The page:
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CYBERSECURITY / BLOCKCHAIN


“We really have to stop living in this untrusted world”


Scotland’s leading cryptographer Bill Buchanan on why blockchain is the answer to cybercrime and the hegemony of the tech giants


BY KEVIN O’SULLIVAN


“Sun Microsystems got it right many years ago when they said the network is the computer, and they were spot on,” says Bill Buchanan, Scotland’s pre-eminent crytopg- rapher, as he tries to make himself heard against the backdrop of a string recital during the launch of the new Blockpass Identity Lab at Edinburgh Napier University. “Tey knew what the future was.


We run too many things locally on our machines and really the net- work has the answer to every single piece of knowledge that’s ever been created. Tat’s knowledge, and we’ve cracked that, but now we need to put every single artefact onto the blockchain.” When Buchanan OBE, Professor


of Computing at Napier, speaks he is one of the technology industry’s loudest voices in Scotland, even if the violins are tempering his reach somewhat on this occasion. Over the course of the last decade, spurred on by the ‘cyberpunks’


who created Bitcoin, a mass move- ment has begun to wrest control of the internet back from the tech behemoths, whose centralised servers control the world’s data. It is not sustainable, accord-


ing to Buchanan, who is happy to provide a home for Blockpass IDN, a commercial entity, at his computing school, which this evening has brought out the new digital economy minister, Kate Forbes MSP, to support a sig- nificant £600,000 foreign direct investment into the Merchiston campus; the lab will explore ways in which blockchain technology can protect personal data from online scammers and hackers. When I ask a company executive why the Singaporean-based outfit has chosen to locate itself at Edin- burgh Napier, he responds, matter of fact, “because Bill Buchanan is the best in the world.” It is a huge compliment and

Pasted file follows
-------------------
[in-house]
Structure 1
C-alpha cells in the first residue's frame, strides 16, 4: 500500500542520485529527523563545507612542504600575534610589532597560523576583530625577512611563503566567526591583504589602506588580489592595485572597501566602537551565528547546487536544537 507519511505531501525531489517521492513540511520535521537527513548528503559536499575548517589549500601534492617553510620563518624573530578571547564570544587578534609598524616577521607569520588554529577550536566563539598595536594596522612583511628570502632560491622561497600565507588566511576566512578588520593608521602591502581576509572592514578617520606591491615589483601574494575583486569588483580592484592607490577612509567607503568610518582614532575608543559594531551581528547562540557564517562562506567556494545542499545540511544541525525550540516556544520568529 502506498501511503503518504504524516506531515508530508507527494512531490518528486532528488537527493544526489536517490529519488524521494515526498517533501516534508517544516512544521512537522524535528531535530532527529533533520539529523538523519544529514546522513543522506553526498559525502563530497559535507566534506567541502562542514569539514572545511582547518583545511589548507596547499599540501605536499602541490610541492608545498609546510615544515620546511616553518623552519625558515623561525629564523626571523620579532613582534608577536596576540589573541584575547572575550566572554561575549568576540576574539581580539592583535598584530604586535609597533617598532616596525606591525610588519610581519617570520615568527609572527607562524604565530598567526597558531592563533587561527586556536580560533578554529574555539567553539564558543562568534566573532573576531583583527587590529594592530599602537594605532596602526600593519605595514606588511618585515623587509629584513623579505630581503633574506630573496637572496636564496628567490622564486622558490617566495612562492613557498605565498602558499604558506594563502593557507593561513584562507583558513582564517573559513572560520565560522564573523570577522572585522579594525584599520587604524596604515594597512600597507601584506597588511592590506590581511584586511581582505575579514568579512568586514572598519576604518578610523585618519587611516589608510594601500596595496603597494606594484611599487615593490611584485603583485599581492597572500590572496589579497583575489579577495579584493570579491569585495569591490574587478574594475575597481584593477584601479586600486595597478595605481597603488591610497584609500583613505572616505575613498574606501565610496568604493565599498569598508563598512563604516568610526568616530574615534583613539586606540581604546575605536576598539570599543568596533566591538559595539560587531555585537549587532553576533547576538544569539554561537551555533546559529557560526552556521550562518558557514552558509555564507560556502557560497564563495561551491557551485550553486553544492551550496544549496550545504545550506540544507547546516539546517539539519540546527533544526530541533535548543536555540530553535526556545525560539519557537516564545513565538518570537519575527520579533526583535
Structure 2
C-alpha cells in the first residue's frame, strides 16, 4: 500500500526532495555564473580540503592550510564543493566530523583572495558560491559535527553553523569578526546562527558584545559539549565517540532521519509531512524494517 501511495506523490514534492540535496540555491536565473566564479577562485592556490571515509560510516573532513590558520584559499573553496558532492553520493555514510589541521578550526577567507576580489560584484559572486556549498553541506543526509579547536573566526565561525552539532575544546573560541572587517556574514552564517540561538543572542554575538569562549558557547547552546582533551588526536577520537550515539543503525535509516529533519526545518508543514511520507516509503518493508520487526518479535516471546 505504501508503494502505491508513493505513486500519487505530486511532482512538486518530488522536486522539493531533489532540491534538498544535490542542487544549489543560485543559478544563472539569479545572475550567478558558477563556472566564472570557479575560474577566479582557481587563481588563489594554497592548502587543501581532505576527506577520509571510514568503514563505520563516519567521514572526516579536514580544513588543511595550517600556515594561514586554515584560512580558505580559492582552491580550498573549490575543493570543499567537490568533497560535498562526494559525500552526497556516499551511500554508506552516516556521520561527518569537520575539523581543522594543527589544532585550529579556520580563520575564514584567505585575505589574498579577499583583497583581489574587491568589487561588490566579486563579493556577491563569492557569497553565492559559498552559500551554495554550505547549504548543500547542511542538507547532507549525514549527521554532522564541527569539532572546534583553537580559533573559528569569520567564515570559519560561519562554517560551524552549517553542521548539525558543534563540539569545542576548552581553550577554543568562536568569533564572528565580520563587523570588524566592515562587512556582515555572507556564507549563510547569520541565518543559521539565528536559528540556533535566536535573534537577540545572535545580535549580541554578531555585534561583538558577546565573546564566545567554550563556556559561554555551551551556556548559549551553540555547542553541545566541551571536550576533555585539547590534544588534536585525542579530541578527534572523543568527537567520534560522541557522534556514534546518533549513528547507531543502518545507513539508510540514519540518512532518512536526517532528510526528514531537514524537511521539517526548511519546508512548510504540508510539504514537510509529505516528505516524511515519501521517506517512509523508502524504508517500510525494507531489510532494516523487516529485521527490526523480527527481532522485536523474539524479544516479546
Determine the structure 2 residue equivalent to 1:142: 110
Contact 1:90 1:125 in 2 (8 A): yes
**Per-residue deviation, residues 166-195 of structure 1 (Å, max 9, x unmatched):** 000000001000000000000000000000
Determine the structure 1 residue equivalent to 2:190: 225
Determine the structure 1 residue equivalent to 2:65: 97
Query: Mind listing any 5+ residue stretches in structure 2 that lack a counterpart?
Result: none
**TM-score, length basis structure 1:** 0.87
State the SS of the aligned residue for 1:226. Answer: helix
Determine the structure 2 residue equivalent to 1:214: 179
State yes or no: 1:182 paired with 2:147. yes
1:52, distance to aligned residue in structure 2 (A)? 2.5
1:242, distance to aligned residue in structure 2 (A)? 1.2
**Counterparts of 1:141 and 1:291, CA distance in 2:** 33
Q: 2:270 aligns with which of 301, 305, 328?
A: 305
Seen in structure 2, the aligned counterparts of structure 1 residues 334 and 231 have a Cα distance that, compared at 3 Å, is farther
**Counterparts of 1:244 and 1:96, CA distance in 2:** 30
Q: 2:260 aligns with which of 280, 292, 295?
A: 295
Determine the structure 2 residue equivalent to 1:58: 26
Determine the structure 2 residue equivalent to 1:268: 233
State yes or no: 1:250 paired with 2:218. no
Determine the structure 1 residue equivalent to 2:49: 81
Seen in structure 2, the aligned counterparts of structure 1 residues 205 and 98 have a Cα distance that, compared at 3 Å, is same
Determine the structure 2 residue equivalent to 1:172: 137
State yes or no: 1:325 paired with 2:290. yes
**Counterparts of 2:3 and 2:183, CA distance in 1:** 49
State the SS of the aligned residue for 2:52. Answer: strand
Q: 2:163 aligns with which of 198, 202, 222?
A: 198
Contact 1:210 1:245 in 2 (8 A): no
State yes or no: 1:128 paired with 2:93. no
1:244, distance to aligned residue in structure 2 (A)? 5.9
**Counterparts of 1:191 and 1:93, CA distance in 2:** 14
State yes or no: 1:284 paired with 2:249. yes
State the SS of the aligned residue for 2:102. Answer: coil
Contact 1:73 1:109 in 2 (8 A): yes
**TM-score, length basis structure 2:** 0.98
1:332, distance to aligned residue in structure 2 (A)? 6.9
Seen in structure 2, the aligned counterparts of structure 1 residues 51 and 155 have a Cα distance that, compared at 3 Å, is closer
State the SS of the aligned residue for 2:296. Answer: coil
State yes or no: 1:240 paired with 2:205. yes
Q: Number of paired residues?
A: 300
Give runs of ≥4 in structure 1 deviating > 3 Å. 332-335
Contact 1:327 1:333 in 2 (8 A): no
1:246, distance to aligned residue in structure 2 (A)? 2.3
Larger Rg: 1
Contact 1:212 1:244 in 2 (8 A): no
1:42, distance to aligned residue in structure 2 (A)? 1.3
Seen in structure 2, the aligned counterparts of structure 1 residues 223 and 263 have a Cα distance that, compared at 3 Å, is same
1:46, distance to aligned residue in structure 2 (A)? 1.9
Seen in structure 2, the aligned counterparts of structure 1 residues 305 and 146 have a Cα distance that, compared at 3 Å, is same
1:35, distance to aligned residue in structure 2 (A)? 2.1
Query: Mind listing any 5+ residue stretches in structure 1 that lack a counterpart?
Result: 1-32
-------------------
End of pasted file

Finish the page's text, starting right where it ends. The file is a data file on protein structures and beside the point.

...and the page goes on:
Buchanan is undeniably an influential critical thinker and innovator, not only in Scotland,


24 | FUTURESCOT | WINTER 2018


but across the world; each time a high-profile hack targets a Talk- Talk, a British Airways or an NHS, public trust erodes further and Buchanan is commonly the figure the media seeks out to highlight the cybersecurity flaws that led to the exposure. It helps, too, that he is also a fan of decentralised led- ger technologies (DLTs) – of which the Bitcoin-based blockchain is the most widely known – and he firmly believes that they can offer the solution to rebuilding confi- dence in an internet that has been too heavily centralised. For all the difficulties in grasping


what blockchain actually is, Bu- chanan prefers to focus on the end goals. “I’d like every Scottish citizen to have a unique, sovereign identity which is owned by themselves,” he says. “So if there’s an interaction with a public service you will have one identity that will then connect into many different services.”


Blockchain is a ledger that holds the “complete history of every- thing”, he says, expanding on the concept. It is an inherently more secure way to communicate, as individuals keep ownership of their data – rather than depend- ing on third party servers (the tech giants) to store it, instead communicating directly. And if you decimate the whole of the infrastructure, as long as there’s one little node that’s left on the


Professor Bill Buchanan, OBE, Professor of Computing at Napier


network, you can rebuild the whole architecture, unlike a centralised server-based version of the world (what we currently have), where if one bit is hacked, all data is jeopardised. Creating an unique identity,


which is stored on a local ma- chine, will also mean there is no longer any need for multiple pass- words to access multiple services online, some of which you might only ever use once. Passwords, as a concept, “will go”, says Bu- chanan; a single digital identifier, which provides complete ano- nymity, will instead deliver access to all internet-based services. He adds: “Tat’s a scary world


for some. For law enforcement, for banks and money launder- ing, that’s a really difficult world, because you can’t trace money anymore. But the opportunity


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